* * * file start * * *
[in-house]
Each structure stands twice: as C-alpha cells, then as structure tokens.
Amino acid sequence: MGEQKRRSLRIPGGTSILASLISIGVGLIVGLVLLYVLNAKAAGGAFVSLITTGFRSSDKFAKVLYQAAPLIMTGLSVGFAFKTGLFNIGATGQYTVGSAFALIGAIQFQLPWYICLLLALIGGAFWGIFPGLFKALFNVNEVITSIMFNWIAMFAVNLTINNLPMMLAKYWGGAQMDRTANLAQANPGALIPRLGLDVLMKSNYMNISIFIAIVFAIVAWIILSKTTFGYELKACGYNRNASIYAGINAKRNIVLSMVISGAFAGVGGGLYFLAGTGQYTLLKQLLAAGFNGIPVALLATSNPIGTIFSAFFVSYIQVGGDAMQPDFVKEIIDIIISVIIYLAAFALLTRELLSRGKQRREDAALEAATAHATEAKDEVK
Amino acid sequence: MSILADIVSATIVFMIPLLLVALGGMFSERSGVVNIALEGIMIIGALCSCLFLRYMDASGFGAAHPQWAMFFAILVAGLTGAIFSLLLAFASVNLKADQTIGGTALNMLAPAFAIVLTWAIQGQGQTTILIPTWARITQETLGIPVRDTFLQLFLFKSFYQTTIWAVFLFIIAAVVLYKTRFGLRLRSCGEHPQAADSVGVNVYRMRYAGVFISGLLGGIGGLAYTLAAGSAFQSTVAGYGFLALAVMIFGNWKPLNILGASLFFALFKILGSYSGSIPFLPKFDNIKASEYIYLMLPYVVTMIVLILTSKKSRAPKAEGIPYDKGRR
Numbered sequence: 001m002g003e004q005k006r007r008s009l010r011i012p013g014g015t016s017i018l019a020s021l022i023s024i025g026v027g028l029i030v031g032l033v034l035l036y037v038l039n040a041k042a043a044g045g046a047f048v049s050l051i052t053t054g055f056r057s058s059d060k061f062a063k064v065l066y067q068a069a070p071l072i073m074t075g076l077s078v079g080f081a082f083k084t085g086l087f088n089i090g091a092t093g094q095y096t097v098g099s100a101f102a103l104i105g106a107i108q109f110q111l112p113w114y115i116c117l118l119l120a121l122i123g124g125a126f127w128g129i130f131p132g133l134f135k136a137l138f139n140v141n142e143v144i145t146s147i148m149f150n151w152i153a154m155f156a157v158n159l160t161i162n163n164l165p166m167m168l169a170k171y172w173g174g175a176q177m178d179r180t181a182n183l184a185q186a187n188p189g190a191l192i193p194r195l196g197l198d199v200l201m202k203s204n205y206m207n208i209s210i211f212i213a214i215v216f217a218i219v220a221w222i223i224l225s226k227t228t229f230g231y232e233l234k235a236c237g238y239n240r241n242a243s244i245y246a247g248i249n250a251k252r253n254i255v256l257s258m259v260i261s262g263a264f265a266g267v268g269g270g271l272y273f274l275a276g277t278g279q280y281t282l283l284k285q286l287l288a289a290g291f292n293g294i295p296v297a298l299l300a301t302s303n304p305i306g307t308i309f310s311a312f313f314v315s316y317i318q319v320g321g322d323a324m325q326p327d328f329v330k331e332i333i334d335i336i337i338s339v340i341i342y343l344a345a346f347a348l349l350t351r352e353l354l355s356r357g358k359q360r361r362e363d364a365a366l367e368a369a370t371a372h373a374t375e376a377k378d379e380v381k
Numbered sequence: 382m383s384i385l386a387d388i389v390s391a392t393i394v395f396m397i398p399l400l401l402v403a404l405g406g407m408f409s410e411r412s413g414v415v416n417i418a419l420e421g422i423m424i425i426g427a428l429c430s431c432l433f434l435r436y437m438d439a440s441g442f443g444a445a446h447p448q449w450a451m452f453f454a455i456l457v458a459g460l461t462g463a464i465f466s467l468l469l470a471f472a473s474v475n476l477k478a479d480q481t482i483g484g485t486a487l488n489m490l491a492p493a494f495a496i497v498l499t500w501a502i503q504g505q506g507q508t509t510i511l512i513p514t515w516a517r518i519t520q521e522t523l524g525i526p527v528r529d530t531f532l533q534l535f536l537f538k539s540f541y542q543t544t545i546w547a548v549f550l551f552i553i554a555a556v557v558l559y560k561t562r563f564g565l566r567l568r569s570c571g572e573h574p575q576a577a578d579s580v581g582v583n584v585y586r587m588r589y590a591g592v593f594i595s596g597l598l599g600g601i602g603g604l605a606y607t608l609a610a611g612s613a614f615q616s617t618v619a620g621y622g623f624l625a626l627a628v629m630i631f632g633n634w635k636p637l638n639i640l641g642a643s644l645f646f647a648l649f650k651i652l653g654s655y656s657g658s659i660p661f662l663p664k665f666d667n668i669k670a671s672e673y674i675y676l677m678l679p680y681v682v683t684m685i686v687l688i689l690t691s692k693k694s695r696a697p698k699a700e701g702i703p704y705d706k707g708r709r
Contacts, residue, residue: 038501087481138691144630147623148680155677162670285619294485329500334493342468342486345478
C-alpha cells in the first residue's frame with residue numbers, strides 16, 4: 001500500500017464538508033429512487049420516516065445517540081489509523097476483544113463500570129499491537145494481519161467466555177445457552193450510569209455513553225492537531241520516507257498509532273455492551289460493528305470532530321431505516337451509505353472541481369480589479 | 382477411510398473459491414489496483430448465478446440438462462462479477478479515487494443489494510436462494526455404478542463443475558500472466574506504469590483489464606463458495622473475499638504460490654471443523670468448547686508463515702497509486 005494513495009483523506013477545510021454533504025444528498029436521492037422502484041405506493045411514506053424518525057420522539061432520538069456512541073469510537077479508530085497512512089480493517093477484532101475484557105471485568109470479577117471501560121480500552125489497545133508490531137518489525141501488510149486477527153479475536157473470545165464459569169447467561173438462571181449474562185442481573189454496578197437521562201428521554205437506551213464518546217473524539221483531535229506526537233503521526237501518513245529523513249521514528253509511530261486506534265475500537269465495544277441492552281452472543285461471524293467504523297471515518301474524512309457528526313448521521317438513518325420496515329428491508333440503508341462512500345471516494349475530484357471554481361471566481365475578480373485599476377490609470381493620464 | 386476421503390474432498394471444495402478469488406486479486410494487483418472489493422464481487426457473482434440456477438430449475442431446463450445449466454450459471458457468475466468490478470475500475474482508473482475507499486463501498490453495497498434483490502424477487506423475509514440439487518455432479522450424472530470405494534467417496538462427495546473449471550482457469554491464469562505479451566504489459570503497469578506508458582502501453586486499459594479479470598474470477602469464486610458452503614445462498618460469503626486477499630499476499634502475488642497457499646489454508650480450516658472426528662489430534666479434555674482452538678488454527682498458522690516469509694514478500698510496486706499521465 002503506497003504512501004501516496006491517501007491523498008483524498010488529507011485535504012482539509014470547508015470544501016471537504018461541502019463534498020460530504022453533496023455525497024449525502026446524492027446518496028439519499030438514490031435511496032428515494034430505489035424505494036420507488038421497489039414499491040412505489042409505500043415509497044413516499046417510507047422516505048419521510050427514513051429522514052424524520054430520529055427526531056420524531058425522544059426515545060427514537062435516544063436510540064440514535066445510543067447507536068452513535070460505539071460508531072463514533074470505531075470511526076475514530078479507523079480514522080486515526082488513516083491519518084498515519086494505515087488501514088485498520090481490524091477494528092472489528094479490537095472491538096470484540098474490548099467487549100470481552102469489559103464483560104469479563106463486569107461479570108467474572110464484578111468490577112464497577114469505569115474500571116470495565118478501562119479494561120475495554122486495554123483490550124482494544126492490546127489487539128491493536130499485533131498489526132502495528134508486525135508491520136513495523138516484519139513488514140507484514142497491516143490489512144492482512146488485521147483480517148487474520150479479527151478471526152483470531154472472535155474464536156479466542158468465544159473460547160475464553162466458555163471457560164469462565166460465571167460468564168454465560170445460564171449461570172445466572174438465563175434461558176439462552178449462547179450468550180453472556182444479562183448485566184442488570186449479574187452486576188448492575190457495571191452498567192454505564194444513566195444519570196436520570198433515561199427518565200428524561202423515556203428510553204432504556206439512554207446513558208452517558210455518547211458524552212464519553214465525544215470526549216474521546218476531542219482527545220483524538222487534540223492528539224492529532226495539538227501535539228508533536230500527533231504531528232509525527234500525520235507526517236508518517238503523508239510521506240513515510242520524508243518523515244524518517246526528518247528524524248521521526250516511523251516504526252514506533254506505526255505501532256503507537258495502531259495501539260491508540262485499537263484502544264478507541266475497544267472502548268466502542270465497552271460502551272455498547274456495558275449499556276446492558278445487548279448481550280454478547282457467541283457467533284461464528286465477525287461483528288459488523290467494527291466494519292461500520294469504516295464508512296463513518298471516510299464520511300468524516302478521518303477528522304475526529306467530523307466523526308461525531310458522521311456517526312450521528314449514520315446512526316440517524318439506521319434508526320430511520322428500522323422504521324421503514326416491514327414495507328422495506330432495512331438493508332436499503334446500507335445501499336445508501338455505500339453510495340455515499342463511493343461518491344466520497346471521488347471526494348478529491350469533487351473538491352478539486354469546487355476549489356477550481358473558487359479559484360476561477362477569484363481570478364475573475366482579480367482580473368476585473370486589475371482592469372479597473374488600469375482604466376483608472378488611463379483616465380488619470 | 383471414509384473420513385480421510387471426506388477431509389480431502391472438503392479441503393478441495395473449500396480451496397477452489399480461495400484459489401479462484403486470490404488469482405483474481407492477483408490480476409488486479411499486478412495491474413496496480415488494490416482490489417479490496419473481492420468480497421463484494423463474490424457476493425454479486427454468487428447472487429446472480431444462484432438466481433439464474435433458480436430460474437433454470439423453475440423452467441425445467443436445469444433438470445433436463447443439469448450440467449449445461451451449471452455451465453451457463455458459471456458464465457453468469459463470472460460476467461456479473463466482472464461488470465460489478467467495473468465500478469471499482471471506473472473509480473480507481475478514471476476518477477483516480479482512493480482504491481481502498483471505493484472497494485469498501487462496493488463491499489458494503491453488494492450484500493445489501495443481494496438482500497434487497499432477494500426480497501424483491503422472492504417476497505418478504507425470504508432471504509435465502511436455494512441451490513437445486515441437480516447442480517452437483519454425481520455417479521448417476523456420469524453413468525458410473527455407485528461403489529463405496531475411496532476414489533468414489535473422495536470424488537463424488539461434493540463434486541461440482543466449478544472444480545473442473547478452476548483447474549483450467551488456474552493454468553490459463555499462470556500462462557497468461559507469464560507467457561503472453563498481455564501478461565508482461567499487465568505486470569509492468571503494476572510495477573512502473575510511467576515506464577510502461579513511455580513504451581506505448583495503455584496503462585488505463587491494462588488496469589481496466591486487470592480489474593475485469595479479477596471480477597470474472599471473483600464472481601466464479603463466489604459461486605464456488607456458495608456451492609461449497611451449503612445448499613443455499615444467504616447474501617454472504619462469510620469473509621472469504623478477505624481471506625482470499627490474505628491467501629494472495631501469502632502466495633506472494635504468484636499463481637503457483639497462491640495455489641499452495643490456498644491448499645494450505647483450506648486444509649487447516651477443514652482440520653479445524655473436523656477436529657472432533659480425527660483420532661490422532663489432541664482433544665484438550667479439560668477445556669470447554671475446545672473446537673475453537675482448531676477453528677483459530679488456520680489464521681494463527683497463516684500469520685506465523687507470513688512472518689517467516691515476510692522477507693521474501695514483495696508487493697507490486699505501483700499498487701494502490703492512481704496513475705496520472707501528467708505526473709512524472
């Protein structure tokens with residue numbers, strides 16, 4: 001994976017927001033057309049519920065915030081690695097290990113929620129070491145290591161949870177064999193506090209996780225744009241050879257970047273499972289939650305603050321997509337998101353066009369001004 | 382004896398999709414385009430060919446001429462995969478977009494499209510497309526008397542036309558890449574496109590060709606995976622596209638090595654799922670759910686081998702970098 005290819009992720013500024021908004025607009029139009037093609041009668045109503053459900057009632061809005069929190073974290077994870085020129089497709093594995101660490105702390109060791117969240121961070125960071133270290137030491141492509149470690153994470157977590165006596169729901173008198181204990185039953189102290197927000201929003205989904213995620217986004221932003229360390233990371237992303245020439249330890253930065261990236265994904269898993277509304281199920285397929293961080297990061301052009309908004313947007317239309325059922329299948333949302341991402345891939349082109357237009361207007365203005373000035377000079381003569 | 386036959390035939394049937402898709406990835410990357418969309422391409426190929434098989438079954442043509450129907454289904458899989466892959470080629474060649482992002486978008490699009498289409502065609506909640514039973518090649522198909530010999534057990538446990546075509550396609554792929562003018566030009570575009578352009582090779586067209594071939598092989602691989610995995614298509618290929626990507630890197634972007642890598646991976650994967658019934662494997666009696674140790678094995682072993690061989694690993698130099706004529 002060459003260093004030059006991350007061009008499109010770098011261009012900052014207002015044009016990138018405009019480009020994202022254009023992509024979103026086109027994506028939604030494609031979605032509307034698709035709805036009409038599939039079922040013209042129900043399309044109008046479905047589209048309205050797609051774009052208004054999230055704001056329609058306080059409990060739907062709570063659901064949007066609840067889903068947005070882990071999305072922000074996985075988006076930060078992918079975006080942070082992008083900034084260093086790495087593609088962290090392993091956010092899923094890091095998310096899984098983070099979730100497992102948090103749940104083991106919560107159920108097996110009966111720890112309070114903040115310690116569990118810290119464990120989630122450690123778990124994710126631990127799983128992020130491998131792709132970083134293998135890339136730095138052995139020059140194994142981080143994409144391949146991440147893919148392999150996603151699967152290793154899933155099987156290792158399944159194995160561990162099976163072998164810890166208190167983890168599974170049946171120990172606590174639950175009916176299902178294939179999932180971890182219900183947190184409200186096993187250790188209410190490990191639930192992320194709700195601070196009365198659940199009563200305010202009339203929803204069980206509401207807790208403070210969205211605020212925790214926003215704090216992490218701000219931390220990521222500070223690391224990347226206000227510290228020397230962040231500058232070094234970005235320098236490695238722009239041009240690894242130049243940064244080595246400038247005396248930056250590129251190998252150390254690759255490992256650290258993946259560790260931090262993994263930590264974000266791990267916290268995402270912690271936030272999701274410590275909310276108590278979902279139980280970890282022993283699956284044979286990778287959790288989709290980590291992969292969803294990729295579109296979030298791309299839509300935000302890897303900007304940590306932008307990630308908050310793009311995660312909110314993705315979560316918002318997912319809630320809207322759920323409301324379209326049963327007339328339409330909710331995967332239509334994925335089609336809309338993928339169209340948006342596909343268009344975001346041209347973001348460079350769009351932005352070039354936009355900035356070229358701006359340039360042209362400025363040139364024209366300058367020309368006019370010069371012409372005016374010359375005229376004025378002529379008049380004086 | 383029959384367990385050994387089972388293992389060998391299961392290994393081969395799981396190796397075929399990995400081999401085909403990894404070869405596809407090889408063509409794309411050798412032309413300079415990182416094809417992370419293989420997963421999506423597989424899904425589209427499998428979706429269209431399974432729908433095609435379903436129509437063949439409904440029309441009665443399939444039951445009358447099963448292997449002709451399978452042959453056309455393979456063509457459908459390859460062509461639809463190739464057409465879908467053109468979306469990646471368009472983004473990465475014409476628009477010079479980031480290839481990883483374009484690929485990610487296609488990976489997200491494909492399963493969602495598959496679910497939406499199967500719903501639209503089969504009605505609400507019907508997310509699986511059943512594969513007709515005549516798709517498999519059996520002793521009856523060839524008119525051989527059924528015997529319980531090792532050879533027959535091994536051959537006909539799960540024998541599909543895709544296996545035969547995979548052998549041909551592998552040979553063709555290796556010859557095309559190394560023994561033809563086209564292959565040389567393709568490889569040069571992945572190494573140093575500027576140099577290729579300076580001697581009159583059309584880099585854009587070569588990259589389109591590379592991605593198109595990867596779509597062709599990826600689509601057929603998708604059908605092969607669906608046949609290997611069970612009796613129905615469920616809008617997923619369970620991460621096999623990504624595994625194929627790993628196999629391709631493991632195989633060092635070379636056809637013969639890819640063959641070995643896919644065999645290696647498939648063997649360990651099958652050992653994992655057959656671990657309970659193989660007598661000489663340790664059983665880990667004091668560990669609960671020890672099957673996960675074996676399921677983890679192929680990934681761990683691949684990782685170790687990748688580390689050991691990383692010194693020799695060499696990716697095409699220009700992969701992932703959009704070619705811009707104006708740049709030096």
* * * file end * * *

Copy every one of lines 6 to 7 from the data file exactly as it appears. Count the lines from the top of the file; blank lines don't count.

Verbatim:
Numbered sequence: 382m383s384i385l386a387d388i389v390s391a392t393i394v395f396m397i398p399l400l401l402v403a404l405g406g407m408f409s410e411r412s413g414v415v416n417i418a419l420e421g422i423m424i425i426g427a428l429c430s431c432l433f434l435r436y437m438d439a440s441g442f443g444a445a446h447p448q449w450a451m452f453f454a455i456l457v458a459g460l461t462g463a464i465f466s467l468l469l470a471f472a473s474v475n476l477k478a479d480q481t482i483g484g485t486a487l488n489m490l491a492p493a494f495a496i497v498l499t500w501a502i503q504g505q506g507q508t509t510i511l512i513p514t515w516a517r518i519t520q521e522t523l524g525i526p527v528r529d530t531f532l533q534l535f536l537f538k539s540f541y542q543t544t545i546w547a548v549f550l551f552i553i554a555a556v557v558l559y560k561t562r563f564g565l566r567l568r569s570c571g572e573h574p575q576a577a578d579s580v581g582v583n584v585y586r587m588r589y590a591g592v593f594i595s596g597l598l599g600g601i602g603g604l605a606y607t608l609a610a611g612s613a614f615q616s617t618v619a620g621y622g623f624l625a626l627a628v629m630i631f632g633n634w635k636p637l638n639i640l641g642a643s644l645f646f647a648l649f650k651i652l653g654s655y656s657g658s659i660p661f662l663p664k665f666d667n668i669k670a671s672e673y674i675y676l677m678l679p680y681v682v683t684m685i686v687l688i689l690t691s692k693k694s695r696a697p698k699a700e701g702i703p704y705d706k707g708r709r
Contacts, residue, residue: 038501087481138691144630147623148680155677162670285619294485329500334493342468342486345478